Thursday, April 30, 2020

More from Red Letter Days

Post #2 In a series:
This book has a series of articles in it from a British magazine called Red Letter. In 1916 it began a series of 37 articles about Charlie Chaplin.

This is an excerpt from an article that ran on May 6, 1916.
Thanks to Dan Kamin for bringing this book to my attention, and for putting it together. The articles were written by Fred Goodwins.

From Red Letter Days

It wasn't long before the necessity of getting started in returned to Charlie in full force, for he came flying back to Los Angeles within three days of his departure to the mountains.
     I happened to be on the stage when he walked into the studio, and I began forthwith to "kid" him strenuously upon his broken vows.
     "Did you take some good scenes up there, Charlie?" I asked.
    He looked at me vacantly. "Scenes?" he repeated."Scenes?" Then he got me. "Listen!" he grinned. "Are you trying to kid me, or just show me a good time?"
     "Neither," I answered. "But I like the way you 'start in right away,' Charlie."
     He immediately felt he was losing his dignity, and tried to pull a solemn face. "Really, Goody," he said. "I went up to the mountains in the sacred cause."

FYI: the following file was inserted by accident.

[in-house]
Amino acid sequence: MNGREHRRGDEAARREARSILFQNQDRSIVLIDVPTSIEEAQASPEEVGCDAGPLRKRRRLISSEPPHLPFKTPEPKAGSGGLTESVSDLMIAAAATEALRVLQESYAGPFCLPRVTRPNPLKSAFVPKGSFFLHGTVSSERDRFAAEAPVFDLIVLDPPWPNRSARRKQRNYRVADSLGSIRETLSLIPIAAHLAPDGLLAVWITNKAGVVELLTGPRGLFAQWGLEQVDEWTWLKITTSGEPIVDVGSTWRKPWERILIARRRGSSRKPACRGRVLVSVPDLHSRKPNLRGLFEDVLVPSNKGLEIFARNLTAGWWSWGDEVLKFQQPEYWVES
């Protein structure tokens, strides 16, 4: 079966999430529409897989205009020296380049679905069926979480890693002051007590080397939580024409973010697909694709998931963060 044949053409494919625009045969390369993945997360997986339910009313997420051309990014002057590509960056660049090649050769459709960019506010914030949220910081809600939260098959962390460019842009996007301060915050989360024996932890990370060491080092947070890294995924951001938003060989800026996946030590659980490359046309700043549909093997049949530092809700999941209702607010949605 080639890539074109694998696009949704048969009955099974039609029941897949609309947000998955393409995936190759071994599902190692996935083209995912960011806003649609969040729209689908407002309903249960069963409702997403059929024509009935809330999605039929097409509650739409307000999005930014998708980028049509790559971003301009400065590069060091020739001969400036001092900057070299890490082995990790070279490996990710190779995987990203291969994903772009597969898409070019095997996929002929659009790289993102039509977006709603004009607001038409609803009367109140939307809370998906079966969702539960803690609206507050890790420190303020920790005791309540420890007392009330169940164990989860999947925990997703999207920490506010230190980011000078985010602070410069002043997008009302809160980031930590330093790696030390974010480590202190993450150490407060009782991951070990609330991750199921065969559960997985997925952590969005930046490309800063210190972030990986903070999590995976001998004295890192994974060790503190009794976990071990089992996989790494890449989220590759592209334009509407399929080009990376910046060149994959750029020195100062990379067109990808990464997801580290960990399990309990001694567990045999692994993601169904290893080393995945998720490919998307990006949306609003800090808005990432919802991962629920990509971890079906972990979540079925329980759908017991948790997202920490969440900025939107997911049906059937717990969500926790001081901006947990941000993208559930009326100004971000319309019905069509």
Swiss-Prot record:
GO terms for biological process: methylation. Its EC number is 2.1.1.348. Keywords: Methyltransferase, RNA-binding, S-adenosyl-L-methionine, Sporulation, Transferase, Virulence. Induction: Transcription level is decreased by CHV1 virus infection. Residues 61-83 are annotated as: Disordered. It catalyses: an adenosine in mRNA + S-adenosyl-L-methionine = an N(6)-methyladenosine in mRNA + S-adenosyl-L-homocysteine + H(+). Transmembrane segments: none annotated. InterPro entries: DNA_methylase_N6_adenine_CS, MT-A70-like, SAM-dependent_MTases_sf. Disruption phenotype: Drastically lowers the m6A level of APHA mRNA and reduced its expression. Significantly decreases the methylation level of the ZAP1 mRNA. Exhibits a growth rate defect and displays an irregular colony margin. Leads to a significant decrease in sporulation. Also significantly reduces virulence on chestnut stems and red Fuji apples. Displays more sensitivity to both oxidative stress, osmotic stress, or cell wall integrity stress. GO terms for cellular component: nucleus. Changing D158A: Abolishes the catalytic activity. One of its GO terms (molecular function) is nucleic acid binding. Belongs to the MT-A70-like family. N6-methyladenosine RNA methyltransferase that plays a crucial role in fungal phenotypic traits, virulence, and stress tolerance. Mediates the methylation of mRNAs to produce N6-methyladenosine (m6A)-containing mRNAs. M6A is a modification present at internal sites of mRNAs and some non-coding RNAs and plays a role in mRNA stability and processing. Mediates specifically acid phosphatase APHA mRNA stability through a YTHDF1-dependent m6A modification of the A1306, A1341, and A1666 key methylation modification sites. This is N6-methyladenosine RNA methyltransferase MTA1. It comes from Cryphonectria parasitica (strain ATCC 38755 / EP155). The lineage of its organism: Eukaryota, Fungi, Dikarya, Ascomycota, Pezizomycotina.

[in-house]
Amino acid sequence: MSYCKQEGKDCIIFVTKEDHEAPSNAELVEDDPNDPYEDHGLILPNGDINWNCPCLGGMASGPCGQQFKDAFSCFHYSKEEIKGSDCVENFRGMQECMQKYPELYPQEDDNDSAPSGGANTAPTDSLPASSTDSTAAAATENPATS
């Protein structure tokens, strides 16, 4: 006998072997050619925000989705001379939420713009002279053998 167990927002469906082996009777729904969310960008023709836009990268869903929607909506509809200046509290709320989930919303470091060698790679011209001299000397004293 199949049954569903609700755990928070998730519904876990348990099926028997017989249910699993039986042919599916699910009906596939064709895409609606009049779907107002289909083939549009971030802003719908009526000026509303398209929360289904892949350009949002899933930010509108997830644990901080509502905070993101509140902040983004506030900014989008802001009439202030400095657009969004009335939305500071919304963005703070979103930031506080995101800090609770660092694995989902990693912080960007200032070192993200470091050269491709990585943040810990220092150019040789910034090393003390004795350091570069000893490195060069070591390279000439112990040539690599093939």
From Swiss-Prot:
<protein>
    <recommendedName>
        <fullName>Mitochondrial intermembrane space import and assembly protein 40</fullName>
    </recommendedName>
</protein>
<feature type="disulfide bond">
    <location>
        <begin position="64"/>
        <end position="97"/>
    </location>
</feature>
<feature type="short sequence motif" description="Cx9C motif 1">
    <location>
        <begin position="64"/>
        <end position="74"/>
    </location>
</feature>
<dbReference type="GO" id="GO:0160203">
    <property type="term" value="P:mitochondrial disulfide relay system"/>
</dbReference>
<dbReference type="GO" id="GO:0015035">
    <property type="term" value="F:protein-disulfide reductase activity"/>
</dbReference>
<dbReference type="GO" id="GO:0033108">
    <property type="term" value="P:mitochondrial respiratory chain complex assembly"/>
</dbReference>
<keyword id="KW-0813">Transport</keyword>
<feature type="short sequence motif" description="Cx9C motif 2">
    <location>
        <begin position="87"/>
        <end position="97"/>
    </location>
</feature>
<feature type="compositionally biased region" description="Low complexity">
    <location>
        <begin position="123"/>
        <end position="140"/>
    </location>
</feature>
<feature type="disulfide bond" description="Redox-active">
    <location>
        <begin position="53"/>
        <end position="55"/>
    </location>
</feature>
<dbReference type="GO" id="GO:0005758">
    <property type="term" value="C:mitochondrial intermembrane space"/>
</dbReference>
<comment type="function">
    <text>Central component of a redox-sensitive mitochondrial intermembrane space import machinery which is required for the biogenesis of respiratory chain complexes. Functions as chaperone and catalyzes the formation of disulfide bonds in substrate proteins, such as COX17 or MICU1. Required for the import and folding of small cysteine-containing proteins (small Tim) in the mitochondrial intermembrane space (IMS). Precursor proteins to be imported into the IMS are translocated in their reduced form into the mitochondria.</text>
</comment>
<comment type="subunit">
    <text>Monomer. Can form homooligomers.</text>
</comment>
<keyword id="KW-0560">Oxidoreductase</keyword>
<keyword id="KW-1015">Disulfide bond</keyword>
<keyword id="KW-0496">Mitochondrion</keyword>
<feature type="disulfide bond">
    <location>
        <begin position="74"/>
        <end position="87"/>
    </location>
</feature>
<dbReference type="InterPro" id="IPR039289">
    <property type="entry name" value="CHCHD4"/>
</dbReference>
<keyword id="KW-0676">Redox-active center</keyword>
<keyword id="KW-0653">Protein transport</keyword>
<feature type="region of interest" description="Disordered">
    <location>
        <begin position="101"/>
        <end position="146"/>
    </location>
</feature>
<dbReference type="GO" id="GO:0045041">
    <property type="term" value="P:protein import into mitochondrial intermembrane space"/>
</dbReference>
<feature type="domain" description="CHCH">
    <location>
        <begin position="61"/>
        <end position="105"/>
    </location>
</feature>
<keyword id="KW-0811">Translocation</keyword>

"Of charity?"
     "Sure," he replied. "Harry" (his chauffeur) "was down with influenza, and I thought the trip would do him good."
     A volley of incredulous jeers greeted his diaphanous statement, whereat Charlie proceeded to look very much hurt. "You chaps don't believe I'm capable of doing a Christian act," he grumbled. But he couldn't keep it up any longer. That irresistible, twinkly smile came over his face, and he darted into his dressing-room.
     During the afternoon he unlocked his trunk, with its multitude of labels proclaiming the fact that he had but a short while ago travelled over the "Western Vaudeville Circuit" with the "Karno Company." Other labels betrayed him as having stopped at the So-and-So Hotel - - one dollar a night and up, with private bath one dollar 50 cents, in most of the big cities of the U.S.A. between here and New York City.     

These articles have given me insight into the Charlie Chaplin of the day, what his schedule and attitudes and thoughts were, plus observations by an accomplished journalist. I hope you enjoy these samplings.

If you would like to read a well-received  novel about Charlie, and what he was like in the 1920's...and what might happen if he were in Hollywood today...I suggest you purchase a copy of "Shadow and Substance: My Time with Charlie Chaplin." Email me (, or reply to this post, and I will get one in the mail to you, for $20 plus shipping, signed if you like. Thank you.

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